http://www.practicallynetworked.com/sharing/xp/filesharing/filesharing02a.gif

Windows XP NTFS security

NTFS stands for New Technology File System. Microsoft created NTFS to compensate for the features it felt FAT (File Allocation Table) was lacking. These features include increased fault tolerance and enhanced security

NTFS has many security options. You can grant various permissions to directories and to individual files. These permissions protect files and directories locally and remotely.

NTFS also includes the Encrypting File System (EFS). EFS uses public key security to encrypt files on an NTFS volume, preventing unauthorized users from accessing those files. Encryption ensures that only the authorized users and designated recovery agents of that file or folder can access it.

Users of EFS are issued a digital certificate with a public key and a private key pair. EFS uses the key set for the user who is logged on to the local computer where the private key is stored. Users work with encrypted files and folders just as they do with any other files and folders. Encryption is transparent to any authorized users; the system decrypts the file or folder when the user opens it. When the file is saved, encryption is reapplied. However, intruders who try to access the encrypted files or folders receive an "Access denied" message if they try to open, copy, move, or rename the encrypted file or folder.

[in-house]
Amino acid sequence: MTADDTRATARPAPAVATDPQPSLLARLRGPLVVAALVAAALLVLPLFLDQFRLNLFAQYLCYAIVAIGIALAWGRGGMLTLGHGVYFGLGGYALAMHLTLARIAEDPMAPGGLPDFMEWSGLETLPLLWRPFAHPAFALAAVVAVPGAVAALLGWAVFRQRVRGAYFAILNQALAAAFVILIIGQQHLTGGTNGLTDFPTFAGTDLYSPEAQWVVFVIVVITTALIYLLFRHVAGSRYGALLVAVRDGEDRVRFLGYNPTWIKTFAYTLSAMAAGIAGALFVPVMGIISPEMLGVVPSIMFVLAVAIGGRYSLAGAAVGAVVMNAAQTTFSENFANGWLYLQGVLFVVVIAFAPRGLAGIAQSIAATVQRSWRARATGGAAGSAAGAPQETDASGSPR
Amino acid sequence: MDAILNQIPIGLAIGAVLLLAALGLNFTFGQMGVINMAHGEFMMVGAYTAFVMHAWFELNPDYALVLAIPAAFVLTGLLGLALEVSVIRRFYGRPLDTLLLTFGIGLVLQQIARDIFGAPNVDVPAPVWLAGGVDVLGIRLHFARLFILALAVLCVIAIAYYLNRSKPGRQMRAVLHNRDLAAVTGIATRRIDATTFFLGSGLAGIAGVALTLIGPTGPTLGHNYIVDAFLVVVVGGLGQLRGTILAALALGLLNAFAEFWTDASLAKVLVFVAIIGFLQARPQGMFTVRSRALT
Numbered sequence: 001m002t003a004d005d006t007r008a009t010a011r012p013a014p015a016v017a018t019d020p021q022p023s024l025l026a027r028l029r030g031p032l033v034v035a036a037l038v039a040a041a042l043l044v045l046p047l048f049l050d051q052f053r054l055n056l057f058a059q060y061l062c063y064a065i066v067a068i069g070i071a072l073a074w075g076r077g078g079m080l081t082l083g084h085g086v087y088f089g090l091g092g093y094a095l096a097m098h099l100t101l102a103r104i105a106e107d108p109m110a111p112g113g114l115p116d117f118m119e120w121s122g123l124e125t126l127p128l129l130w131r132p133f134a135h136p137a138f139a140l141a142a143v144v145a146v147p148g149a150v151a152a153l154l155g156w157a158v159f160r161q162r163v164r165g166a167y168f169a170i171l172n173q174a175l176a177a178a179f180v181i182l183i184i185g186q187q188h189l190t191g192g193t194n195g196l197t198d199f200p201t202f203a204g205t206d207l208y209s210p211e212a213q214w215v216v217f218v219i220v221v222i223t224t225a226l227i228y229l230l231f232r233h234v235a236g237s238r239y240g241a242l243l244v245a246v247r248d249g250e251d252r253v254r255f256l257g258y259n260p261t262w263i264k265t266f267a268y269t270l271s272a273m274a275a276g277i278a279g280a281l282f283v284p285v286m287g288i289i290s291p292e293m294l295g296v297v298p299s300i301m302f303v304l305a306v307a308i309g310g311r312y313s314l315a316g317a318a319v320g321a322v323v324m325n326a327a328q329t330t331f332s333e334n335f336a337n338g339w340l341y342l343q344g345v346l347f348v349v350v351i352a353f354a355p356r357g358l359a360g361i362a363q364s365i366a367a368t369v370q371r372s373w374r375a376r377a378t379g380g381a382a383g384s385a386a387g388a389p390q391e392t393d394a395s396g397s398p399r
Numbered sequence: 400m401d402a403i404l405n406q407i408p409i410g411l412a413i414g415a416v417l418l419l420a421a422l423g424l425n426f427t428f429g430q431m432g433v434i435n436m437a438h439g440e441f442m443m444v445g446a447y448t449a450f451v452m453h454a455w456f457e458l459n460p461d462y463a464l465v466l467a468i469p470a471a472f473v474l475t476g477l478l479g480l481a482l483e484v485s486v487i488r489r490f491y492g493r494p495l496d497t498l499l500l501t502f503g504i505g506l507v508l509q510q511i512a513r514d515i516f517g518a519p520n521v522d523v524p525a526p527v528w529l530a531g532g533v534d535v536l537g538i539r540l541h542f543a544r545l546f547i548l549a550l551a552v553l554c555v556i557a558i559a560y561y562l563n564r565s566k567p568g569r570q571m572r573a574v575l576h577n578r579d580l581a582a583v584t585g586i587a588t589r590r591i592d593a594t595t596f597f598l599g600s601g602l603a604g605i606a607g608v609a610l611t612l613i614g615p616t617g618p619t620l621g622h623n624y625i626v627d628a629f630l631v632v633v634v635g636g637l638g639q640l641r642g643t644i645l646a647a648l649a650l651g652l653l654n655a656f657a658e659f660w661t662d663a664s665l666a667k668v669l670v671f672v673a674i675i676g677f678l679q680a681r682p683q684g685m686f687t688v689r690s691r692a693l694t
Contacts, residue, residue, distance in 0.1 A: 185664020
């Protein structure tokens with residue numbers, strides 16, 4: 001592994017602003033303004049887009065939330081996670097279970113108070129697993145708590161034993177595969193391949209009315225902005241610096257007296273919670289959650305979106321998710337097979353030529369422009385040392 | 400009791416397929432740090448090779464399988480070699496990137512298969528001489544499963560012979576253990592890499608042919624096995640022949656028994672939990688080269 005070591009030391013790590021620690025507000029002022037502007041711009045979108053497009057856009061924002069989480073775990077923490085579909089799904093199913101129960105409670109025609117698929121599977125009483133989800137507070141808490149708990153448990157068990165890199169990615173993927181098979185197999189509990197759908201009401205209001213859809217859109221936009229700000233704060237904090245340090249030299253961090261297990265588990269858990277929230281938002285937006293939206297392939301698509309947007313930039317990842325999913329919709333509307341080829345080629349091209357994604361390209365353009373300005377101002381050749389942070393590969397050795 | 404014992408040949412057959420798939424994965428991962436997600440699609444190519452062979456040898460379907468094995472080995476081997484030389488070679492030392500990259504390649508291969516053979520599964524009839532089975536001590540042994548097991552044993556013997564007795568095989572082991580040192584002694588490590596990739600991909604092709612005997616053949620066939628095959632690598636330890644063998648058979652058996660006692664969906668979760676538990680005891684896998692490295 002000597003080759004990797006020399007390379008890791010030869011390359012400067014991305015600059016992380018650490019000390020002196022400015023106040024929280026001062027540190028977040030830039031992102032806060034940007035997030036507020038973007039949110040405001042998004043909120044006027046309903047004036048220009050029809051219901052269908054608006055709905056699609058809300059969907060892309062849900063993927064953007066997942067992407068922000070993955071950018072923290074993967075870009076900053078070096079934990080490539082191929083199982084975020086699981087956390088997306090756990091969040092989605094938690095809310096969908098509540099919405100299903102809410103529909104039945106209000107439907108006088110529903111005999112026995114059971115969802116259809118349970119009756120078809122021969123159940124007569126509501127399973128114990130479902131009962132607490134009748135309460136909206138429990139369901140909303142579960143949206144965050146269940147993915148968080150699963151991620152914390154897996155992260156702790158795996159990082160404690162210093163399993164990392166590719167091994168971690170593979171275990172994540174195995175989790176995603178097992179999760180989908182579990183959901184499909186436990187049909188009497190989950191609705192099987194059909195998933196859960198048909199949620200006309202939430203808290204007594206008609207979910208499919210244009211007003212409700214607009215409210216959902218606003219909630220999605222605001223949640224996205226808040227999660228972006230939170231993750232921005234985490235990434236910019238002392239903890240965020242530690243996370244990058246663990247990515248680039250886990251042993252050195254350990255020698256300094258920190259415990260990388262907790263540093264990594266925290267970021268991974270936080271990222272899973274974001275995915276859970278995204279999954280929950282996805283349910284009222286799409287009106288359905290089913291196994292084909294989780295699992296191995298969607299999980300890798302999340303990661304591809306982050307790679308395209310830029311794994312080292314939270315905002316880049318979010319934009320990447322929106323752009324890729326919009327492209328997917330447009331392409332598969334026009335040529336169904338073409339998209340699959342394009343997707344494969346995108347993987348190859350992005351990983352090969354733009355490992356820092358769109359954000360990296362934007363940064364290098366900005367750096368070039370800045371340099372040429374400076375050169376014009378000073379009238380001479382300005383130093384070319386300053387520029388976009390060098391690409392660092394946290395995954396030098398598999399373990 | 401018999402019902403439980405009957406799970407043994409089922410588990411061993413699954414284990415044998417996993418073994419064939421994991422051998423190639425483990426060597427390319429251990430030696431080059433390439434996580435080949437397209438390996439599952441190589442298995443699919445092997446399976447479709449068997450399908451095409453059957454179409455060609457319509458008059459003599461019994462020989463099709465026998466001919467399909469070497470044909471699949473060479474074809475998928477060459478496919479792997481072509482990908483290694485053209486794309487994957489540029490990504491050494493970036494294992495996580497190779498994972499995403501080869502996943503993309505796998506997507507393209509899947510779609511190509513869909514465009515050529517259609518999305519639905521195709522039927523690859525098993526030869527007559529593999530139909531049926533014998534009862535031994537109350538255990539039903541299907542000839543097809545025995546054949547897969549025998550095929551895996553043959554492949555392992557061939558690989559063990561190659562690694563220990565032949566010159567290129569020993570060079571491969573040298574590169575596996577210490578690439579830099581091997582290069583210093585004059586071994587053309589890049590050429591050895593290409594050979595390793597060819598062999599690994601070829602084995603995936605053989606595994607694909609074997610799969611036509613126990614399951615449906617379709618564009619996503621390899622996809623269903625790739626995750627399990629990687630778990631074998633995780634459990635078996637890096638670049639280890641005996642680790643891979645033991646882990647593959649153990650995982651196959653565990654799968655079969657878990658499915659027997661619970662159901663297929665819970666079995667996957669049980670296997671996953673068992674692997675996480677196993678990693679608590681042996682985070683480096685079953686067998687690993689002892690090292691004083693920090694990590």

Note I: EFS is not available in Windows XP Home Edition.

Note II: It is recommended that you encrypt at the folder level to ensure that new files are automatically encrypted and that temporary files created during the editing process remain encrypted.

NTFS Security

Windows ACLs

An access control list (ACL) is a table that tells a computer operating system which access rights each user has to a particular system object, such as a file directory or individual file. Each object has a security attribute that identifies its access control list. The list has an entry for each system user with access privileges. The most common privileges include the ability to read a file (or all the files in a directory), to write to the file or files, and to execute the file (if it is an executable file, or program). Microsoft Windows NT/2000, Novell's NetWare, Digital's OpenVMS, and Unix-based systems are among the operating systems that use access control lists. The list is implemented differently by each operating system.

In Windows NT/2000, an access control list (ACL) is associated with each system object. Each ACL has one or more access control entries (ACEs) consisting of the name of a user or group of users. The user can also be a role name, such as "programmer," or "tester." For each of these users, groups, or roles, the access privileges are stated in a string of bits called an access mask. Generally, the system administrator or the object owner creates the access control list for an object.

Conclusion

Both Windows and Linux have almost same options for securing files. However Linux is more secure.